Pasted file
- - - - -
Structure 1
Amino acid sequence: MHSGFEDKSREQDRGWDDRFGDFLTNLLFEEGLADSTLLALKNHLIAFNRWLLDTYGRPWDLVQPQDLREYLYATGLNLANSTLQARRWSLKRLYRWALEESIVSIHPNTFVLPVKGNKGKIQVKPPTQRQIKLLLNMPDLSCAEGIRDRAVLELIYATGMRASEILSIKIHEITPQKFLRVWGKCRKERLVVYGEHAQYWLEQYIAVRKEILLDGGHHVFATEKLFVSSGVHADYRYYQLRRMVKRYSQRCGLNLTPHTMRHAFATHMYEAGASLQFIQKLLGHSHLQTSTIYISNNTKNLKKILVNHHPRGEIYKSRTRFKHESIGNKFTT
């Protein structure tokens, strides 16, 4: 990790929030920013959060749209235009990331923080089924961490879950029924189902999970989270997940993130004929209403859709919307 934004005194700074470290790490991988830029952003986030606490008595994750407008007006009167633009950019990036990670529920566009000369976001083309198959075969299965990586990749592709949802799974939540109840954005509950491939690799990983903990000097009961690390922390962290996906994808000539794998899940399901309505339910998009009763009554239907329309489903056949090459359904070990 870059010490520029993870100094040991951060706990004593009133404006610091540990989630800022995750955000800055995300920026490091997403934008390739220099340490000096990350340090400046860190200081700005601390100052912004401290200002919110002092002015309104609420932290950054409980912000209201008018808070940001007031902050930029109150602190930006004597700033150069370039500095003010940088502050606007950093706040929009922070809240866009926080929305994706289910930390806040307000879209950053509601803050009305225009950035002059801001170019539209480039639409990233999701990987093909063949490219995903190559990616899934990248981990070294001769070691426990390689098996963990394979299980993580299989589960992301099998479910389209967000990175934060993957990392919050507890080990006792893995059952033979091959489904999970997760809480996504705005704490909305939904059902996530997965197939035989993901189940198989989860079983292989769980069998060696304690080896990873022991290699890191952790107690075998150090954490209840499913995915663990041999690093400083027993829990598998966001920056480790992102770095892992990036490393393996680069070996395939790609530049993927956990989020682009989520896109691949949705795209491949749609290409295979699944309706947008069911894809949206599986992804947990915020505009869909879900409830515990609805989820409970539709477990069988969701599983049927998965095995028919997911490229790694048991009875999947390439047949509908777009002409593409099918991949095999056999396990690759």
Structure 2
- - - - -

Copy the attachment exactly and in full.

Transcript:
Structure 1
Amino acid sequence: MHSGFEDKSREQDRGWDDRFGDFLTNLLFEEGLADSTLLALKNHLIAFNRWLLDTYGRPWDLVQPQDLREYLYATGLNLANSTLQARRWSLKRLYRWALEESIVSIHPNTFVLPVKGNKGKIQVKPPTQRQIKLLLNMPDLSCAEGIRDRAVLELIYATGMRASEILSIKIHEITPQKFLRVWGKCRKERLVVYGEHAQYWLEQYIAVRKEILLDGGHHVFATEKLFVSSGVHADYRYYQLRRMVKRYSQRCGLNLTPHTMRHAFATHMYEAGASLQFIQKLLGHSHLQTSTIYISNNTKNLKKILVNHHPRGEIYKSRTRFKHESIGNKFTT
């Protein structure tokens, strides 16, 4: 990790929030920013959060749209235009990331923080089924961490879950029924189902999970989270997940993130004929209403859709919307 934004005194700074470290790490991988830029952003986030606490008595994750407008007006009167633009950019990036990670529920566009000369976001083309198959075969299965990586990749592709949802799974939540109840954005509950491939690799990983903990000097009961690390922390962290996906994808000539794998899940399901309505339910998009009763009554239907329309489903056949090459359904070990 870059010490520029993870100094040991951060706990004593009133404006610091540990989630800022995750955000800055995300920026490091997403934008390739220099340490000096990350340090400046860190200081700005601390100052912004401290200002919110002092002015309104609420932290950054409980912000209201008018808070940001007031902050930029109150602190930006004597700033150069370039500095003010940088502050606007950093706040929009922070809240866009926080929305994706289910930390806040307000879209950053509601803050009305225009950035002059801001170019539209480039639409990233999701990987093909063949490219995903190559990616899934990248981990070294001769070691426990390689098996963990394979299980993580299989589960992301099998479910389209967000990175934060993957990392919050507890080990006792893995059952033979091959489904999970997760809480996504705005704490909305939904059902996530997965197939035989993901189940198989989860079983292989769980069998060696304690080896990873022991290699890191952790107690075998150090954490209840499913995915663990041999690093400083027993829990598998966001920056480790992102770095892992990036490393393996680069070996395939790609530049993927956990989020682009989520896109691949949705795209491949749609290409295979699944309706947008069911894809949206599986992804947990915020505009869909879900409830515990609805989820409970539709477990069988969701599983049927998965095995028919997911490229790694048991009875999947390439047949509908777009002409593409099918991949095999056999396990690759």
Structure 2